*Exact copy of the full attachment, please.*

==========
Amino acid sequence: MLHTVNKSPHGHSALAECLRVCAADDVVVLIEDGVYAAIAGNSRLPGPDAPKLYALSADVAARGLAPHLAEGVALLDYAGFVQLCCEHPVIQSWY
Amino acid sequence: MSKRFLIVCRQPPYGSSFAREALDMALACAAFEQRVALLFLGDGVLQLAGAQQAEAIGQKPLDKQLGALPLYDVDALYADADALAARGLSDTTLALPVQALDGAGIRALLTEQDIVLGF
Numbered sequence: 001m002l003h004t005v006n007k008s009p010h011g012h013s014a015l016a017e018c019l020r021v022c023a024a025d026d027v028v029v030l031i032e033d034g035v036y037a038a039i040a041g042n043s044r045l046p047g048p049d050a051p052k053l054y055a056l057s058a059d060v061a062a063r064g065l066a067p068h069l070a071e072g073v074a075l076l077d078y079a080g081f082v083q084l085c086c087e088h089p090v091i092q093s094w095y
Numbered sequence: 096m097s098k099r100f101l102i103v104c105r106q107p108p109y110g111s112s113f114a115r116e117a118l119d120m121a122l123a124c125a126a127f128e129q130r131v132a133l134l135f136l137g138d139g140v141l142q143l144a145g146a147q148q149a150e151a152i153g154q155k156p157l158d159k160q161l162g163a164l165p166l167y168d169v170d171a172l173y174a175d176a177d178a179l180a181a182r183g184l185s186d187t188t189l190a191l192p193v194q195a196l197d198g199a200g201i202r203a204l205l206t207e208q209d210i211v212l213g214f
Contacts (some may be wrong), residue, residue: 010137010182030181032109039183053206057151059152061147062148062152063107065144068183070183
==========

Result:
Amino acid sequence: MLHTVNKSPHGHSALAECLRVCAADDVVVLIEDGVYAAIAGNSRLPGPDAPKLYALSADVAARGLAPHLAEGVALLDYAGFVQLCCEHPVIQSWY
Amino acid sequence: MSKRFLIVCRQPPYGSSFAREALDMALACAAFEQRVALLFLGDGVLQLAGAQQAEAIGQKPLDKQLGALPLYDVDALYADADALAARGLSDTTLALPVQALDGAGIRALLTEQDIVLGF
Numbered sequence: 001m002l003h004t005v006n007k008s009p010h011g012h013s014a015l016a017e018c019l020r021v022c023a024a025d026d027v028v029v030l031i032e033d034g035v036y037a038a039i040a041g042n043s044r045l046p047g048p049d050a051p052k053l054y055a056l057s058a059d060v061a062a063r064g065l066a067p068h069l070a071e072g073v074a075l076l077d078y079a080g081f082v083q084l085c086c087e088h089p090v091i092q093s094w095y
Numbered sequence: 096m097s098k099r100f101l102i103v104c105r106q107p108p109y110g111s112s113f114a115r116e117a118l119d120m121a122l123a124c125a126a127f128e129q130r131v132a133l134l135f136l137g138d139g140v141l142q143l144a145g146a147q148q149a150e151a152i153g154q155k156p157l158d159k160q161l162g163a164l165p166l167y168d169v170d171a172l173y174a175d176a177d178a179l180a181a182r183g184l185s186d187t188t189l190a191l192p193v194q195a196l197d198g199a200g201i202r203a204l205l206t207e208q209d210i211v212l213g214f
Contacts (some may be wrong), residue, residue: 010137010182030181032109039183053206057151059152061147062148062152063107065144068183070183